The Nature Foundation St Maarten was informed about a massive amount of littering which took place at the ‘Soak A fete’ last Sunday night despite the repeated remarks of the organization to visitors of the event to dispose their trash responsibly. Buccaneer Beach Bar, CC1 and Meadowlands did a great job cleaning up the entire beach, the Kimsha parking lot and several roads surrounding the beach. Nature Foundation applauds the initiative of the event to not provide any straws and only use biodegradable cups and hopefully other events will follow this initiative. However, unfortunately during cleaning up after the event mostly plastic cups and plastic straws were found, presumably taken by visitors from surrounding businesses.
“A ban on single-use plastics is very much needed in St Maarten and all businesses should move to reusable and biodegradable alternatives instead. People need to dispose their trash responsibly, which means in a trash bin and not on the beach, in the environment or on public roads. The event crew did an amazing job cleaning up the surroundings; unfortunately wind and rain probably already caused a significant amount of these plastic straws and cups to end up in our ocean and environment. Therefore we are asking all residents and tourists to dispose their trash properly and all businesses to move to reusable and biodegradable alternatives instead of single-use plastics” stated Nature Foundation Projects Melanie Meijer zu Schlochtern.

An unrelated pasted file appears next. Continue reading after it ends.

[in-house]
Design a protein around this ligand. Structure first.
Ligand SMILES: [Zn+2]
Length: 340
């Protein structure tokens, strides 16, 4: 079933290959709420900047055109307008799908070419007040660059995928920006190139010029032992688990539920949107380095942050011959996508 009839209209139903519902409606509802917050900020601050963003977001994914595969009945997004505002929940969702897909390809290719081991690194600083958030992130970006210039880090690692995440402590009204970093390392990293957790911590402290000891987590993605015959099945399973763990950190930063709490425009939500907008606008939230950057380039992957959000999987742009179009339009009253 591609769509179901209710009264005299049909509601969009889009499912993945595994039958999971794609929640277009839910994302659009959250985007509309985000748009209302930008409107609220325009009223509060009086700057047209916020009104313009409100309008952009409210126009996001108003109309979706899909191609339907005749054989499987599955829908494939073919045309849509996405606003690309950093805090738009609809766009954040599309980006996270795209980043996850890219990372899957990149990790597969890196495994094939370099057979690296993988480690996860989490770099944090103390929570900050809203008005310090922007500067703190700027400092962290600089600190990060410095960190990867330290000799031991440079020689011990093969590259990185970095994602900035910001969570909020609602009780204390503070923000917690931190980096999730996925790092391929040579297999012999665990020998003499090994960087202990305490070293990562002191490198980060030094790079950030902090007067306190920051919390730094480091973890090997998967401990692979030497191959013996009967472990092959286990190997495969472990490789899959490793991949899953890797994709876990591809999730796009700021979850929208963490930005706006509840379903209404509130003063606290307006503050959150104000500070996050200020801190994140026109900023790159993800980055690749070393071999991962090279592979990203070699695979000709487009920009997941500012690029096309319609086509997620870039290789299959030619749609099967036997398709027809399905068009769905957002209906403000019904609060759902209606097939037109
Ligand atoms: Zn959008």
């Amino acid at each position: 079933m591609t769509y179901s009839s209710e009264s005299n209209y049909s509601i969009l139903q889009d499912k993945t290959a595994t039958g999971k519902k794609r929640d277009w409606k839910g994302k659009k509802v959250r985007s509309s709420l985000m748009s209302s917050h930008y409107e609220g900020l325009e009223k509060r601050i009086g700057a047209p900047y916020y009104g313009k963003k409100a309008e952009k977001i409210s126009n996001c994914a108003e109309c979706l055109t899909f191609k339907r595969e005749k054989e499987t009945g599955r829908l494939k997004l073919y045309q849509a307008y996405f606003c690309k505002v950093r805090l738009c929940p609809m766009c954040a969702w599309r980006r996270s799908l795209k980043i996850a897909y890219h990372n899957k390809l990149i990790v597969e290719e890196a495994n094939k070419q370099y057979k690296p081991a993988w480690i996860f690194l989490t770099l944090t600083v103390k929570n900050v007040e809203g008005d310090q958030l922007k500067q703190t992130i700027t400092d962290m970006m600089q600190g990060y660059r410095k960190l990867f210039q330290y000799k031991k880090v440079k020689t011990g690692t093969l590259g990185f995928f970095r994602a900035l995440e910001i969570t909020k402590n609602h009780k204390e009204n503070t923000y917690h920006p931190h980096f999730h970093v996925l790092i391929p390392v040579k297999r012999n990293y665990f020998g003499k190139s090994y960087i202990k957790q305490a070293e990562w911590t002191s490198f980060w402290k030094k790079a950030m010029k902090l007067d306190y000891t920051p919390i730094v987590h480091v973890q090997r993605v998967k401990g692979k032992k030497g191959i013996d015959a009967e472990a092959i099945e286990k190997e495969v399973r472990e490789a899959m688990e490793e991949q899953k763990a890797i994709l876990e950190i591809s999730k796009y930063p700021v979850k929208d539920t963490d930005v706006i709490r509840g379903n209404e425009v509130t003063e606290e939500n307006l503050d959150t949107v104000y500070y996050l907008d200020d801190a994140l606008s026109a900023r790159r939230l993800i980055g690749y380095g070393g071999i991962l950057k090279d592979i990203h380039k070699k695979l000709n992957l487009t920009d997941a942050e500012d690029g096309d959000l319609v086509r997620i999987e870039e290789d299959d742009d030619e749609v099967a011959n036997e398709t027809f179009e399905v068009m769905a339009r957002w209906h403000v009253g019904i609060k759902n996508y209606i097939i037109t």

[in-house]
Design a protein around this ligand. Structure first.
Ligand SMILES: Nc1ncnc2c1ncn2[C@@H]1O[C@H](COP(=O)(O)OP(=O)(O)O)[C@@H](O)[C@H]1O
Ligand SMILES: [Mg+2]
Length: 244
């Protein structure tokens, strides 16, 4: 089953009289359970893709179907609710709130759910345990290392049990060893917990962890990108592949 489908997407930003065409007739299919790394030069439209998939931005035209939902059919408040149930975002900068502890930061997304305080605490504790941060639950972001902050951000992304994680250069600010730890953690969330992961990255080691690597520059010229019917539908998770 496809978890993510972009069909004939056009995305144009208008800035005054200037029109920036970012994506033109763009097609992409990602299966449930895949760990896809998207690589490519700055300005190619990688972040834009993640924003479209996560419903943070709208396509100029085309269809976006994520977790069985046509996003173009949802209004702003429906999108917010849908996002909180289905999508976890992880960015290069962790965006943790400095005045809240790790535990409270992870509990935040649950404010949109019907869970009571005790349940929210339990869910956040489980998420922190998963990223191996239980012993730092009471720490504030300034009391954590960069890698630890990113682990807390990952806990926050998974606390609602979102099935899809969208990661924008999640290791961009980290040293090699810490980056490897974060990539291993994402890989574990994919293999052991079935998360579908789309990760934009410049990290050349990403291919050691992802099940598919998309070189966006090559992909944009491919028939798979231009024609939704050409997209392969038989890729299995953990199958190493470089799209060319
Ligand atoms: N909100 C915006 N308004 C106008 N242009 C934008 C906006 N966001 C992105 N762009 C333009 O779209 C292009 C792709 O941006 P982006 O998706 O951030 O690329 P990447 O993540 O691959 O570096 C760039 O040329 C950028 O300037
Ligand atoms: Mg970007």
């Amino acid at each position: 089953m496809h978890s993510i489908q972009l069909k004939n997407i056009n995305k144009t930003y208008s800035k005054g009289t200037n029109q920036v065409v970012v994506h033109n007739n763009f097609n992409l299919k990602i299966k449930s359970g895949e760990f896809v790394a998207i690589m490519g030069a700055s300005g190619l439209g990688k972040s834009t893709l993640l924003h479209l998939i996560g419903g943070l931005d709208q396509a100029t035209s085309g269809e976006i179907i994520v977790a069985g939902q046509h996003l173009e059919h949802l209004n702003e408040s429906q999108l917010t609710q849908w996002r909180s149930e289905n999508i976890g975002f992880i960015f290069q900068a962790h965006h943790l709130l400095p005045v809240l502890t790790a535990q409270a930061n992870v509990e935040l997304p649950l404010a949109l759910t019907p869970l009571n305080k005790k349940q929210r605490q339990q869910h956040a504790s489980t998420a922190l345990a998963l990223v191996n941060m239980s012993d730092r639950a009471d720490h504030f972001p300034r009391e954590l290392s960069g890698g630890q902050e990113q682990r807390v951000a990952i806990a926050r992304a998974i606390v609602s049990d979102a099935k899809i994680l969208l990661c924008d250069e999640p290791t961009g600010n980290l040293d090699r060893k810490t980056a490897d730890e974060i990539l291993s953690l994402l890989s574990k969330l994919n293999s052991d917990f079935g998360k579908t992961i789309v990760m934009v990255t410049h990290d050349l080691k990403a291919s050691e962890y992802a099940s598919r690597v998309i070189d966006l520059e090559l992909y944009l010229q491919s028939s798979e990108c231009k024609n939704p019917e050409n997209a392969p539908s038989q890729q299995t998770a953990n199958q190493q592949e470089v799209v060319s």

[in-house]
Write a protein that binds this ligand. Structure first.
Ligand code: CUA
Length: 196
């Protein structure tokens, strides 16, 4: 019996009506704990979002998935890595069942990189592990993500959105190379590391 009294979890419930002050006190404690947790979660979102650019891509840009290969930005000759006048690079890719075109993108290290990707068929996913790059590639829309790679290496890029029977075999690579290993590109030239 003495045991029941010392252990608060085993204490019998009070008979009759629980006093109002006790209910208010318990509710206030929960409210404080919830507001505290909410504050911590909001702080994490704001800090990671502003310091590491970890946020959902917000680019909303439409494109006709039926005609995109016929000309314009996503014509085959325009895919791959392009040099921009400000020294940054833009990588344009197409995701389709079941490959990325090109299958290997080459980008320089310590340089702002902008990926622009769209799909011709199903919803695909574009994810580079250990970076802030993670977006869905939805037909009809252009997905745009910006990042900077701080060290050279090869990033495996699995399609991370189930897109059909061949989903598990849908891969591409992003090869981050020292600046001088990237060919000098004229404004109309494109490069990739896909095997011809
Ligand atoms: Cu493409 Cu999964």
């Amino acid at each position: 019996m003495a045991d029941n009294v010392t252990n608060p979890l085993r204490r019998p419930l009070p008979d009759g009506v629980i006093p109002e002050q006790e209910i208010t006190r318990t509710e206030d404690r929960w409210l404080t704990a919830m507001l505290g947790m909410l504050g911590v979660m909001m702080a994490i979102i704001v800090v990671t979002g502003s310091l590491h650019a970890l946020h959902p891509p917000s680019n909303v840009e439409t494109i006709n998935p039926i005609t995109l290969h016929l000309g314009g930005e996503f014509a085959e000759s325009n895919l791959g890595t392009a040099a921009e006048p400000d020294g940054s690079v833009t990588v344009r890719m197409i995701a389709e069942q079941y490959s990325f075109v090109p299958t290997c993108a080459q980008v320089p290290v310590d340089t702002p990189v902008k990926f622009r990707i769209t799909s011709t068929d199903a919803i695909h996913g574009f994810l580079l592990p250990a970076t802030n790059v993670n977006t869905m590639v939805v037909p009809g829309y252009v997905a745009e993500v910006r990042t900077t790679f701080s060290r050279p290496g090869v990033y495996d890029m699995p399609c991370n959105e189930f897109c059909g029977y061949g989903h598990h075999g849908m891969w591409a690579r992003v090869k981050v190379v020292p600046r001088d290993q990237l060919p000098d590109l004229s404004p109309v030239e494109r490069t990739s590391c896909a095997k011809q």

St Maarten uses a remarkably high amount of single-use plastics every day, as plastic bags are given for free for every purchased item and plastic straws with any drink. Also takeout food in Styrofoam is standard and very popular, which also includes the use of plastic cutlery. The Nature Foundation calculated that Dutch St Maarten alone uses more than 1.4 billion plastic straws a year; straws are used for a few minutes and last forever in the local environment. These single-use plastics are some of the most environmentally damaging products on the island. These items do not biodegrade and stay in the ecosystem and oceans forever, causing impacts to the environment, animals and humans. Plastic releases harmful chemicals when it breaks down into smaller pieces that are ingested by marine life and eventually humans, new research even shows greenhouse gas production when plastic breaks down.
“To fight pollution and littering on our island, which is undoubtedly necessary, I already proposed the introduction of a cup return fee for several events on St Maarten. Which means you will purchase your cup at the start of the event and upon return of the cup you will receive your cup-fee back by the organization. Adding an important value to our trash, encouraging visitors of the event to reuse products and properly dispose your trash. People picking up cups from others can make some extra dollars for their next drink” explained Melanie Meijer zu Schlochtern.
The Foundation is asking businesses and event organizations to contact the Nature Foundation if they would like to receive tips and tricks to reduce single-use plastics and look into other responsible alternatives.